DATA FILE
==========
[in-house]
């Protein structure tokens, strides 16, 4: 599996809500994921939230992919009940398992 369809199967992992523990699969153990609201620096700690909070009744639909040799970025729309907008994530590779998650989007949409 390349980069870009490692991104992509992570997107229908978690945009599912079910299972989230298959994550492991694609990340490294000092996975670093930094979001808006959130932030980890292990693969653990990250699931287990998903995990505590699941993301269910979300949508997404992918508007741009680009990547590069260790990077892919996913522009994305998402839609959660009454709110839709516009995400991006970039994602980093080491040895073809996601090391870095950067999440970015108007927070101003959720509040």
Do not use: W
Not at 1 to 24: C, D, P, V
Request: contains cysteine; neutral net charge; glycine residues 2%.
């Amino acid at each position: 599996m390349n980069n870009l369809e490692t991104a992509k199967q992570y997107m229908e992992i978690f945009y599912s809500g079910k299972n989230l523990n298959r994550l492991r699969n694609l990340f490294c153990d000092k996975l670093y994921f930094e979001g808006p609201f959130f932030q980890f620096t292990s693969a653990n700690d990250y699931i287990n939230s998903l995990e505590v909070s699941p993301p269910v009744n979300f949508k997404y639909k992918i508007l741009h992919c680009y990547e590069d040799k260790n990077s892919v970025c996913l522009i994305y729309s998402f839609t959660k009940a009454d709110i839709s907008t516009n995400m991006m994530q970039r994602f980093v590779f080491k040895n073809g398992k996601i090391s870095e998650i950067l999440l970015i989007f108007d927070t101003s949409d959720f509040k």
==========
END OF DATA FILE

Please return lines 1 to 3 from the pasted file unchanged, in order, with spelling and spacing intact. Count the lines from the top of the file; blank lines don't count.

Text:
[in-house]
């Protein structure tokens, strides 16, 4: 599996809500994921939230992919009940398992 369809199967992992523990699969153990609201620096700690909070009744639909040799970025729309907008994530590779998650989007949409 390349980069870009490692991104992509992570997107229908978690945009599912079910299972989230298959994550492991694609990340490294000092996975670093930094979001808006959130932030980890292990693969653990990250699931287990998903995990505590699941993301269910979300949508997404992918508007741009680009990547590069260790990077892919996913522009994305998402839609959660009454709110839709516009995400991006970039994602980093080491040895073809996601090391870095950067999440970015108007927070101003959720509040």
Do not use: W